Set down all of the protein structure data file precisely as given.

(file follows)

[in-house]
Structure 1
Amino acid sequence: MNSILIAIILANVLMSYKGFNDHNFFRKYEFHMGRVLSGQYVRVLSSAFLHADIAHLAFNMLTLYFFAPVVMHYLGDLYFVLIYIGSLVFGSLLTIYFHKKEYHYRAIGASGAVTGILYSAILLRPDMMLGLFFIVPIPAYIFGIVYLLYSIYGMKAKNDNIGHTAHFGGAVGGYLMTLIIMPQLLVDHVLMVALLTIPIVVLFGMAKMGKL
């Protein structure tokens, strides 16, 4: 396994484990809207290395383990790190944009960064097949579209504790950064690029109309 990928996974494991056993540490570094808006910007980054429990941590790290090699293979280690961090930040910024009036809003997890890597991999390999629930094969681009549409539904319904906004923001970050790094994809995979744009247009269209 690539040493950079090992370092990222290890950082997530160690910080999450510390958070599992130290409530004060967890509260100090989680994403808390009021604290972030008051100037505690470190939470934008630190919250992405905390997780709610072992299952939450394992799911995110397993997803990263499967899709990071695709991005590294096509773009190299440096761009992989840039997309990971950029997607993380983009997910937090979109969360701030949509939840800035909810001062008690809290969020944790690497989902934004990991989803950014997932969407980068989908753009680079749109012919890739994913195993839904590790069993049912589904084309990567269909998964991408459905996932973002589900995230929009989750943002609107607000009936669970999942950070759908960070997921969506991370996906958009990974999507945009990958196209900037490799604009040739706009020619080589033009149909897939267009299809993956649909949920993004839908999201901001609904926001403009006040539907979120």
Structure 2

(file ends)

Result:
[in-house]
Structure 1
Amino acid sequence: MNSILIAIILANVLMSYKGFNDHNFFRKYEFHMGRVLSGQYVRVLSSAFLHADIAHLAFNMLTLYFFAPVVMHYLGDLYFVLIYIGSLVFGSLLTIYFHKKEYHYRAIGASGAVTGILYSAILLRPDMMLGLFFIVPIPAYIFGIVYLLYSIYGMKAKNDNIGHTAHFGGAVGGYLMTLIIMPQLLVDHVLMVALLTIPIVVLFGMAKMGKL
């Protein structure tokens, strides 16, 4: 396994484990809207290395383990790190944009960064097949579209504790950064690029109309 990928996974494991056993540490570094808006910007980054429990941590790290090699293979280690961090930040910024009036809003997890890597991999390999629930094969681009549409539904319904906004923001970050790094994809995979744009247009269209 690539040493950079090992370092990222290890950082997530160690910080999450510390958070599992130290409530004060967890509260100090989680994403808390009021604290972030008051100037505690470190939470934008630190919250992405905390997780709610072992299952939450394992799911995110397993997803990263499967899709990071695709991005590294096509773009190299440096761009992989840039997309990971950029997607993380983009997910937090979109969360701030949509939840800035909810001062008690809290969020944790690497989902934004990991989803950014997932969407980068989908753009680079749109012919890739994913195993839904590790069993049912589904084309990567269909998964991408459905996932973002589900995230929009989750943002609107607000009936669970999942950070759908960070997921969506991370996906958009990974999507945009990958196209900037490799604009040739706009020619080589033009149909897939267009299809993956649909949920993004839908999201901001609904926001403009006040539907979120």
Structure 2